Opinion: Pronouns: A how to guide


Written here are just some of the many pronouns and pronoun groupings an individual may have. Graphic by: Olive Kranzler

Olive Kranzler

Gender diverse students are validated when referred to by their proper pronouns; here is how students and staff can help. 

Although the pronouns section on a user’s Instagram bio is new as of May 13 the concept of having “they/them,” multiple or preferred pronouns has been around for way longer. It isn’t some trend that people are hopping on, an individual’s identity should never be questioned by anyone but themselves. With that being said, there are some aspects of society that make it difficult for non-gender conforming people to exist and feel comfortable, people assuming other people’s gender is one of them.

When looking at an individual, it is hard to not automatically put them into one of two categories… male or female. This is the hurdle that gender divergent people face on a daily basis. Whether it be not being able to use the public restrooms, being misgendered or undergoing dysphoria with their body and what it means about their gender. Society urges people to pick a gender, not always intentionally, but life is easier when everyone is categorized.

Even though steps are being taken to recognize non-gender conforming individuals, pressure is still being put on them to be able to “pass” as trans in order to be validated. Mae Stepan (they/he), a junior, said, “I feel like I’m a good example of [the difference between gender and gender expression]. I identify as trans-masculine and would prefer to be seen as a guy. But a lot of the time that’s not possible for me, and yet putting on a skirt and makeup is fun and makes me feel pretty. That doesn’t always take away from my identity or how I feel internally, and it doesn’t make my existence any less valid.” 

Societal perceptions of gender are often fueled by indicators such as clothing as well as other aspects, such as interests and mannerisms. Gender expressions are the choices that people make and how they express themselves. It is not always directly affected by a person’s gender. Gender is how an individual identifies and can be validated when they are referred to by the proper pronouns. How can individuals distinguish between the two to avoid misgendering? 

Mae Stepan (they/he) asks students to, “try to be aware of your classmate’s pronouns” to avoid misgendering. Photo by: Mae Stepan

“At this point in my life, I have a lot of trans friends so I’ve gotten used to defaulting to “they/them” before I know someone’s pronouns, but I know that can be difficult for people who aren’t around a lot of trans people. Whenever I misgender someone, I quickly correct myself and move on, as this is what I’d want someone to do for me. Most people don’t want to draw much attention to the fact that they have been misgendered, so a quick ‘sorry’ and a correction is the best thing to do in my opinion,” said Stepan.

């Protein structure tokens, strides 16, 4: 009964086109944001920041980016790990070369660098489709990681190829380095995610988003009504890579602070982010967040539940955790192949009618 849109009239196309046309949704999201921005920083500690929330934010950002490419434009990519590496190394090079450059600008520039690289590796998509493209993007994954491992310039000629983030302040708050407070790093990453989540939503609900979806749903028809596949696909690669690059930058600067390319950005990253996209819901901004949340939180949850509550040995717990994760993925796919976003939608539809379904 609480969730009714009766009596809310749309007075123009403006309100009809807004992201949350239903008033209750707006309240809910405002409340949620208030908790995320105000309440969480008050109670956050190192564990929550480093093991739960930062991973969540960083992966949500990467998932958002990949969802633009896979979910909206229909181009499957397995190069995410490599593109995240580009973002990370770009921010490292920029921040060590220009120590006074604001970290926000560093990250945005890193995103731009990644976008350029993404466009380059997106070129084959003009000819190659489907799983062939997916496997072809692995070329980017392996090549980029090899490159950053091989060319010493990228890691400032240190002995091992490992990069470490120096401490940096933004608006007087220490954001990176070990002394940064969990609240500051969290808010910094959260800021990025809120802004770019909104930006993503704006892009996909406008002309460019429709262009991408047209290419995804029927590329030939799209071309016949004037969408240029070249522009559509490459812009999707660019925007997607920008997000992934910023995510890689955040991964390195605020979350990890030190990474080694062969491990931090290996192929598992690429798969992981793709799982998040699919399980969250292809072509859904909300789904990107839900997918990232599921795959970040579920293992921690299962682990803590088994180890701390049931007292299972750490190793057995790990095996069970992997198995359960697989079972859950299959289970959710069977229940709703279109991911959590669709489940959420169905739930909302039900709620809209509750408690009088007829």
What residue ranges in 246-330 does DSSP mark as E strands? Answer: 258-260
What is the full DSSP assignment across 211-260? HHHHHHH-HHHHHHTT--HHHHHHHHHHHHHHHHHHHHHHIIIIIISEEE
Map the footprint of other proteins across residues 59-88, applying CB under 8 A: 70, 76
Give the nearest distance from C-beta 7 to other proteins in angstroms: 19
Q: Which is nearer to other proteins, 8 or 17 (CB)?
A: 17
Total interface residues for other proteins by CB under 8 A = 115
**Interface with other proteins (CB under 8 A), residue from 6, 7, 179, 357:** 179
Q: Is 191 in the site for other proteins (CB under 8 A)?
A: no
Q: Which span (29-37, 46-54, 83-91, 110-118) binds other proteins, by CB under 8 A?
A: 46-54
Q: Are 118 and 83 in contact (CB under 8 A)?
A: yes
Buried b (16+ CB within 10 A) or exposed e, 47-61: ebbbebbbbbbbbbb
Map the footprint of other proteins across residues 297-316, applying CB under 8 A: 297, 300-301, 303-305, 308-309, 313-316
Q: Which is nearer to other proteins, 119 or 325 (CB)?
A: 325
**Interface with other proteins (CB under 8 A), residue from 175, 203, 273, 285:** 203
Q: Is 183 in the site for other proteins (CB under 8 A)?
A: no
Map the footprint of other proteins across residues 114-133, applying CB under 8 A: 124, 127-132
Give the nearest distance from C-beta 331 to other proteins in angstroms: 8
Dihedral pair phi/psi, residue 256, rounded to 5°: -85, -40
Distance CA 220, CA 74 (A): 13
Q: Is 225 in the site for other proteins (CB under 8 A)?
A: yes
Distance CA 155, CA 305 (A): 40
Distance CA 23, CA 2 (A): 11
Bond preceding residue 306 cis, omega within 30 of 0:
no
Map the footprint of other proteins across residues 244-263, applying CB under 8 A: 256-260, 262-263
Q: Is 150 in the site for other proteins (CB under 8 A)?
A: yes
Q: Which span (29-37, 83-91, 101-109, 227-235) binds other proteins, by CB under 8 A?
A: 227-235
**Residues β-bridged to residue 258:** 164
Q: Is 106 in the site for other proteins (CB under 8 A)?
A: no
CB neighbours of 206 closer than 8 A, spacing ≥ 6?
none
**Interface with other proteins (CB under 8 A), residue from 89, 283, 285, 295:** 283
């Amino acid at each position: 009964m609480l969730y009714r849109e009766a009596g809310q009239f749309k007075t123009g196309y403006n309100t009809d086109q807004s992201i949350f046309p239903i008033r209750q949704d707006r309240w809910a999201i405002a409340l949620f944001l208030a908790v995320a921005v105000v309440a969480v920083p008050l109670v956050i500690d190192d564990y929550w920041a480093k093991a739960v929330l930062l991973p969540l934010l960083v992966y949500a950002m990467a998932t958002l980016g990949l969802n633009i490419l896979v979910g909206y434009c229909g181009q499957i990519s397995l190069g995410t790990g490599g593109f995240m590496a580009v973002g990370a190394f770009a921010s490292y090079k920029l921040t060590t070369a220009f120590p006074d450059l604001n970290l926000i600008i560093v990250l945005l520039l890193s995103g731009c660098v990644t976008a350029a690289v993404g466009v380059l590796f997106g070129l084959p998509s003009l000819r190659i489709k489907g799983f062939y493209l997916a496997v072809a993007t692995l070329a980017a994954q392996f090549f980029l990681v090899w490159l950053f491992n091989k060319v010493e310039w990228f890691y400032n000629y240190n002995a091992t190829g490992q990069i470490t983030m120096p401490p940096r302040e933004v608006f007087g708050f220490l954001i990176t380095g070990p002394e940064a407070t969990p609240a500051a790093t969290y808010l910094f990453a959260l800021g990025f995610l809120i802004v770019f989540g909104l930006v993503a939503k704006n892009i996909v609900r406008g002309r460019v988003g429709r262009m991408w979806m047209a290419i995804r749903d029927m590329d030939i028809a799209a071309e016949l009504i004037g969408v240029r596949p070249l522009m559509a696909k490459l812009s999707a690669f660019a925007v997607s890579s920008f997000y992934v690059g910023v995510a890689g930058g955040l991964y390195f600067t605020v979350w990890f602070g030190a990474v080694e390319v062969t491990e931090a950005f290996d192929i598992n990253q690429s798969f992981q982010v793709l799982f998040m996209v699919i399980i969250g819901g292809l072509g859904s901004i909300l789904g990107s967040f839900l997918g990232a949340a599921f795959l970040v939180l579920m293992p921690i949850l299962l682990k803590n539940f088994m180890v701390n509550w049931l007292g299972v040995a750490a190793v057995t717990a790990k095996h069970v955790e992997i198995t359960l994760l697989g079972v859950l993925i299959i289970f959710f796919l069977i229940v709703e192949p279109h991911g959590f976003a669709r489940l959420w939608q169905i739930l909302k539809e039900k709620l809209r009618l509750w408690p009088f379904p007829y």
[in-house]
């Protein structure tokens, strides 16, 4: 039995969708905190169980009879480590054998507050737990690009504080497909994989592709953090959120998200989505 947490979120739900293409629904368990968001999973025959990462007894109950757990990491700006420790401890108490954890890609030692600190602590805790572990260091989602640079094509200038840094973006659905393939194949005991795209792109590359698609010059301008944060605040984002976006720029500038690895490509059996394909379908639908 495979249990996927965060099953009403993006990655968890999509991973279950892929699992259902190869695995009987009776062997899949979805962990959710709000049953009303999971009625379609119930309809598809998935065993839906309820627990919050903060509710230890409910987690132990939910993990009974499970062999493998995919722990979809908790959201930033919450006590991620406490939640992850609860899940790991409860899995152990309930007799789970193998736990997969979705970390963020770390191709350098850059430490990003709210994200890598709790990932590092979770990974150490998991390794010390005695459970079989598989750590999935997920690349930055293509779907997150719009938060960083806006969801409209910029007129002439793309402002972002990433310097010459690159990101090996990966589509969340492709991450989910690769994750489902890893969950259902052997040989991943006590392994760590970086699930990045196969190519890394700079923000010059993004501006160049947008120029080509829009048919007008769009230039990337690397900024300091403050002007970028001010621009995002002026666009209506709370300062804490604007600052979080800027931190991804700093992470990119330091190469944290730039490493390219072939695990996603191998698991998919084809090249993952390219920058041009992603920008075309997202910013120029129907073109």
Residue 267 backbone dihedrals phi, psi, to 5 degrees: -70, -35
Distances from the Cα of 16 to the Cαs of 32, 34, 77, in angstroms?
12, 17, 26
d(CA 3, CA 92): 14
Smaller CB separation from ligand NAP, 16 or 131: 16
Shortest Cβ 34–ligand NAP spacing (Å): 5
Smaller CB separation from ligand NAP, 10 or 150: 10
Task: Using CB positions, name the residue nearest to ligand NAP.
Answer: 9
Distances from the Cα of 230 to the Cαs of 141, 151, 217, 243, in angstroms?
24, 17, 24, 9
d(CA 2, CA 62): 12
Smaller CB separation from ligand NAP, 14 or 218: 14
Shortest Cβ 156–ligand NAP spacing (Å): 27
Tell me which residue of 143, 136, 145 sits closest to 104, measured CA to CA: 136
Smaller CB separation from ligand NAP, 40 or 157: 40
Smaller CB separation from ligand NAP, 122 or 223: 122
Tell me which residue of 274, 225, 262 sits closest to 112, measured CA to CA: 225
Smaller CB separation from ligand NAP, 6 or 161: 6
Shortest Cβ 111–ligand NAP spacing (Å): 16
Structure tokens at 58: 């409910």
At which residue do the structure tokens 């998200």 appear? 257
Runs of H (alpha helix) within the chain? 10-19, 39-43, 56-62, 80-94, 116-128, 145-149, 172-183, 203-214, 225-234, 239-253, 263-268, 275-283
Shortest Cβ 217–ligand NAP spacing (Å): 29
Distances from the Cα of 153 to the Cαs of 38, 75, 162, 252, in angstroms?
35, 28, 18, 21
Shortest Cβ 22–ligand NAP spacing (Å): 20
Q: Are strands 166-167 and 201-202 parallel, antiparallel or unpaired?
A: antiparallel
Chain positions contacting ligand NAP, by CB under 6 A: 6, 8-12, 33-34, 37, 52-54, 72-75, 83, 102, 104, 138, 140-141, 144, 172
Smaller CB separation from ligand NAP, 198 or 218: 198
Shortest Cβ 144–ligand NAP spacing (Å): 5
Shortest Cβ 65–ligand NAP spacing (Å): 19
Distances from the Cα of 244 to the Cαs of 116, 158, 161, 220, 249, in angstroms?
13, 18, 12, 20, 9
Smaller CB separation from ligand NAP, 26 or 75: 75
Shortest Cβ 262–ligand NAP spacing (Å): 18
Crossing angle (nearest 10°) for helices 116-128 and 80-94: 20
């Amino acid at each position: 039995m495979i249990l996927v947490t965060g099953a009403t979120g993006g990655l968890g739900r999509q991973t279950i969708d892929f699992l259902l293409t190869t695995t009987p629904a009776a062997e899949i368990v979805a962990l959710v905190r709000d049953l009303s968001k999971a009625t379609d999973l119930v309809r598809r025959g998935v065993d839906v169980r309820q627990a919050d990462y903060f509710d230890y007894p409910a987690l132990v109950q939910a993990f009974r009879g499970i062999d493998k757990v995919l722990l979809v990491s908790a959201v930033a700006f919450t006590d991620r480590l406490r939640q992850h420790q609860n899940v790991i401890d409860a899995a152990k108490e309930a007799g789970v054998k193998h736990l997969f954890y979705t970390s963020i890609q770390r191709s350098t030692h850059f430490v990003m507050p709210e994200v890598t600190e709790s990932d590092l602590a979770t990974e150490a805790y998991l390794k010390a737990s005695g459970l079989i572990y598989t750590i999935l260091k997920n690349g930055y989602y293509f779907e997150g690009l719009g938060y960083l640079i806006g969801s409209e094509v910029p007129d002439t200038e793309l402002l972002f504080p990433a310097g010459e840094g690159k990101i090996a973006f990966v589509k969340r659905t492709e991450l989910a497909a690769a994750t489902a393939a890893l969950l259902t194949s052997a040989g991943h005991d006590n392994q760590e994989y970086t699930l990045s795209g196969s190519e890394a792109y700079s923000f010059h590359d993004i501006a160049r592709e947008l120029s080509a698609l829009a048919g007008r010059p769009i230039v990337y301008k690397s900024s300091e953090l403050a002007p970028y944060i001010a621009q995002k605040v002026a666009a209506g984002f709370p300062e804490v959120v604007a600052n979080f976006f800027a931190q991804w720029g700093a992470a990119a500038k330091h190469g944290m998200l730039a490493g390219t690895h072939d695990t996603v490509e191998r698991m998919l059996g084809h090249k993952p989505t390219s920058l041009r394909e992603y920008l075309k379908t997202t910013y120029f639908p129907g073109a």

Another struggle gender diverse students face is the aspect of bringing their gender up with their teachers. Due to the nature of school, a student is referred to often by their teacher, which could potentially be a source of major anxiety for students when they are misgendered. “Students should never hesitate to come talk to their teacher when needed, and teachers should also reach out to their students to make sure they are using the right pronouns. Mutual respect is a core value in life and in education,” said Olivier Cougard, the VHS French teacher. 

Staff can also make an effort to validate students. “I think as a teacher, one of your priorities is to know your students and know who they are. It is a matter of respect to use or try to use the right pronoun for students. That doesn’t mean that teachers won’t make any mistakes, I do too, but I think it is important that students know that we respect and embrace them in their diversity,” said Cougard. “We had a training/conference about inclusivity before the beginning of the school year and I think that’s a good start and a good initiative. Then, it is important to put these things into practice in your classroom. It is important to talk about inclusivity together with your students. I think communication between teachers and students is a key factor here. Some students don’t want to have their pronoun choice disclosed publicly or share their pronouns with their family. As teachers, it is important to respect these choices and make sure we become day after day a more inclusive school. To do so, we need to listen and take into account our students’ opinions and suggestions.” 

“I think the school does a great job acknowledging the LGBTQ+ community. I can’t speak for everyone but the teachers and staff have been respectful of my identity,” said Stepan. In regards to how other students can help, Stepan asks people to “Try to be aware of your classmate’s pronouns. Being misgendered in front of an entire class is an extremely uncomfortable experience and it has happened to me quite a bit this year.”

Overall, the best thing to do if someone’s pronouns are unclear is to ask them. This way you can avoid misgendering them, and they can feel more comfortable. It should also be noted that sharing pronouns during introductions is another way to avoid the awkwardness of misgendering and should be implemented into society and school activities. Asking someone’s pronouns shouldnt be awkward, in fact, they are more than likely to be thankful if you do.